Angel Brothers Enterprises is a local construction outfit in Texas. It was digging a roadside trench to install a drainpipe. Under guidelines from the Occupational Safety and Health Administration (OSHA), Angel Bros had to take precautions to prevent the trench from caving in. An Angel Bros safety manager informed the foreman of construction of this requirement. But the foreman did not follow the instructions. An OSHA inspector saw the violation and issued a citation. Important here, OSHA held the company—not just the foreman—liable, saying Angel Bros “willfully” flouted the agency’s regulations. Angel Bros: There was nothing “willful” about this. We knew about the agency requirement and told the foreman to follow it, but he ignored it. Fifth Circuit panel: It’s a close call, but we agree with OSHA. Judge Jones, dissenting: It’s a “deranged” call, not a close one. Angel Bros should not be liable.
13. First Circuit charts new course for case of Greek boating blunder.
A married couple were on holiday in Greece, enjoying the Mediterranean on a small boat. Their joy ended abruptly; a larger boat allided with theirs. Their boat promptly sunk. One of them sustained serious injuries, requiring surgery and a stint in intensive care. The couple sued the other boat’s owner, who is a U.S. citizen, in federal court. The owner countered that Greek courts are better suited to hear the case. The district court surprisingly agreed. The couple appealed. First Circuit panel: Appellant has a lot to prove to move the case, and he hasn’t done so. Reversed. Also, costs to appellant.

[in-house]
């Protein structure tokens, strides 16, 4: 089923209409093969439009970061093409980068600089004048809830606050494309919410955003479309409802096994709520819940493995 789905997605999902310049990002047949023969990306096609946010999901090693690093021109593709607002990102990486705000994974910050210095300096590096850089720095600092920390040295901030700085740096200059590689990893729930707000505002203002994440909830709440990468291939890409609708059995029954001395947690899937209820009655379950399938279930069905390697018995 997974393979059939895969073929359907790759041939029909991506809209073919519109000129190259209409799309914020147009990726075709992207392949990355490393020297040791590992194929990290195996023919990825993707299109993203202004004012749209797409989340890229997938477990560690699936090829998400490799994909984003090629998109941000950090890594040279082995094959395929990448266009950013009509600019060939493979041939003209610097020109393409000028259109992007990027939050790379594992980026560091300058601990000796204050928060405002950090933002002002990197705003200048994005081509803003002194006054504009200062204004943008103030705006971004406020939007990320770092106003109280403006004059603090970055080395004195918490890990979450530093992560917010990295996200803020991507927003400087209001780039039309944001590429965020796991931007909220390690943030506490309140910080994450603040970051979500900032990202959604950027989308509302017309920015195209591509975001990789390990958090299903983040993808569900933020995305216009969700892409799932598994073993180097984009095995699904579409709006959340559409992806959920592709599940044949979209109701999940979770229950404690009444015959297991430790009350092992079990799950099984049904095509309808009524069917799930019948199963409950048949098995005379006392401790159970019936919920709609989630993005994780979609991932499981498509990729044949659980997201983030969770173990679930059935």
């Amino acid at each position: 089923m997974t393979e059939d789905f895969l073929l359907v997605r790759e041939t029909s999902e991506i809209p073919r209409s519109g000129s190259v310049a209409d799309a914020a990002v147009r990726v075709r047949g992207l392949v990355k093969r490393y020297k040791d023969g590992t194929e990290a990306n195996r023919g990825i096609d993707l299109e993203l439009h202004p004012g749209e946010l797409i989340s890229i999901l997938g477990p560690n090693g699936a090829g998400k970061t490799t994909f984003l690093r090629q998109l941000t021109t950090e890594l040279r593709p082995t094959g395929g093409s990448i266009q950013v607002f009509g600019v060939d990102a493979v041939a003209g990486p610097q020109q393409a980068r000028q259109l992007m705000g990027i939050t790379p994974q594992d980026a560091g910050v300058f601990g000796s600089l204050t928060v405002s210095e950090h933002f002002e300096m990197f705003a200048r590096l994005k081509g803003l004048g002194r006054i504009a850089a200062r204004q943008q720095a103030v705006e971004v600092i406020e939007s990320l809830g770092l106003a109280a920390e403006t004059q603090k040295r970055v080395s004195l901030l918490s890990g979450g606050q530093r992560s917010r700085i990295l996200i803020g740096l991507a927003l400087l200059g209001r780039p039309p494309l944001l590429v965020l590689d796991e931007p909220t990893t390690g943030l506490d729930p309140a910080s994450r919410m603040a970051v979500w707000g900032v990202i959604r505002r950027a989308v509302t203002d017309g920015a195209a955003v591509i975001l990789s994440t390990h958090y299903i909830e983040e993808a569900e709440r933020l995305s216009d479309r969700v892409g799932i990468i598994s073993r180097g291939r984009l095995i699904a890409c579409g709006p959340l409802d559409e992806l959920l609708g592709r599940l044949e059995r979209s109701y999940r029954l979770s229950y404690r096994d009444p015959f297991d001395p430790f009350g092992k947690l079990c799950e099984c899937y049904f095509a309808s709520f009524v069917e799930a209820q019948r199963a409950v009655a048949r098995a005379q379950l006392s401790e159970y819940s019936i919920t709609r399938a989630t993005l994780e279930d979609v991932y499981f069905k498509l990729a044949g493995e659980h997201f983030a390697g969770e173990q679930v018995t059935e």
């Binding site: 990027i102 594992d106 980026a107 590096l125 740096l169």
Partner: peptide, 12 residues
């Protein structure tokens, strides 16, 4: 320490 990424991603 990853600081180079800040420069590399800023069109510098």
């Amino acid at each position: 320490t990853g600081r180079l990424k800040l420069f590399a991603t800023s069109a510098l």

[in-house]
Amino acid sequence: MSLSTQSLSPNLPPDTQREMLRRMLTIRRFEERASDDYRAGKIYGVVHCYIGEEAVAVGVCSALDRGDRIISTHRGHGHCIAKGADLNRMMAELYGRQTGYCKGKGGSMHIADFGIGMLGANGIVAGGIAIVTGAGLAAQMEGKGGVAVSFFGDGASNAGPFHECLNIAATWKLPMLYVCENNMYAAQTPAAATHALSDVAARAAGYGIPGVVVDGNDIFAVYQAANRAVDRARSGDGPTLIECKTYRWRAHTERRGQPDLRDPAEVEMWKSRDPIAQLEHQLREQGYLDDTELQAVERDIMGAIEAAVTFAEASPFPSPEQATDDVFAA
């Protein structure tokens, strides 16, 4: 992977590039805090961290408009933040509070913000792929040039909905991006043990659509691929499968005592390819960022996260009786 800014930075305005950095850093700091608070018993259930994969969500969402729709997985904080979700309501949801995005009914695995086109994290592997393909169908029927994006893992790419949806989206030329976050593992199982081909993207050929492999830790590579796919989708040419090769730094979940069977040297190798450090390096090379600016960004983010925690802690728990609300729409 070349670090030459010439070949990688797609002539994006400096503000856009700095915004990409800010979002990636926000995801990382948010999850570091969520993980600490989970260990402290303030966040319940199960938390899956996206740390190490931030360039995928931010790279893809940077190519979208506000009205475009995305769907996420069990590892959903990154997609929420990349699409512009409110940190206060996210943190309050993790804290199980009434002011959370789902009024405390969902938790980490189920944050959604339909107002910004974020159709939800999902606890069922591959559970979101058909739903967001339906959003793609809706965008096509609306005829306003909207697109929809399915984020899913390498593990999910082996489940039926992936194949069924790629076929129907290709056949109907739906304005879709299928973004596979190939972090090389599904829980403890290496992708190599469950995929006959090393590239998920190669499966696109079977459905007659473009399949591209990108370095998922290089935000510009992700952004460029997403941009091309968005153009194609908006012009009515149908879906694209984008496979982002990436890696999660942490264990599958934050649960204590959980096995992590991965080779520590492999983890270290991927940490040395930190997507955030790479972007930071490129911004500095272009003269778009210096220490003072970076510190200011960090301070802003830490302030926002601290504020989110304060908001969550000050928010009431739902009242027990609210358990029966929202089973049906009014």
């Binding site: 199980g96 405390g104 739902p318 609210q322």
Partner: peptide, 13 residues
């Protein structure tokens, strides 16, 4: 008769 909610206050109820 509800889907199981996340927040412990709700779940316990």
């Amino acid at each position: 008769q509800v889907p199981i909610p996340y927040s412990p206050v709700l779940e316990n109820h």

And in en banc news:
14. En banc Sixth Circuit will review Tennessee abortion laws.
In 2020 Tennessee enacted new abortion regulations. One law prohibits a physician from performing an abortion if the physician knows the impetus for the abortion is the fetus’ sex, race, or Down Syndrome diagnosis. Another law places restrictions on abortion depending on when a fetal heartbeat is detected. A district court held the laws in abeyance, and a divided Sixth Circuit panel affirmed. The full Sixth Circuit will now review whether to uphold the injunction.
15. En banc Fifth Circuit reimposes stay of Biden administration’s immigration policy.
Earlier this year the Biden administration enacted new immigration policy. Dubbed the “immigration enforcement priorities,” the policy authorizes the Department of Homeland Security to prioritize enforcement of immigration law against noncitizens who pose threats to national security or public safety. A district court issued a preliminary injunction, which applied nationwide. In September a Fifth Circuit panel largely stayed the injunction. But this week the full Fifth Circuit vacated the stay. It noted that the Biden administration’s appeal will be assigned to a merits panel “in the regular course.”
Image Credits: Jake Neher, WDET
Editor’s note: This post was updated on December 16, 2021 to correct a typo. A sentence in (5) read, “So the teachers sued, arguing the review process was defunct.” It now reads, “So the teachers sued, arguing the review process was deficient.”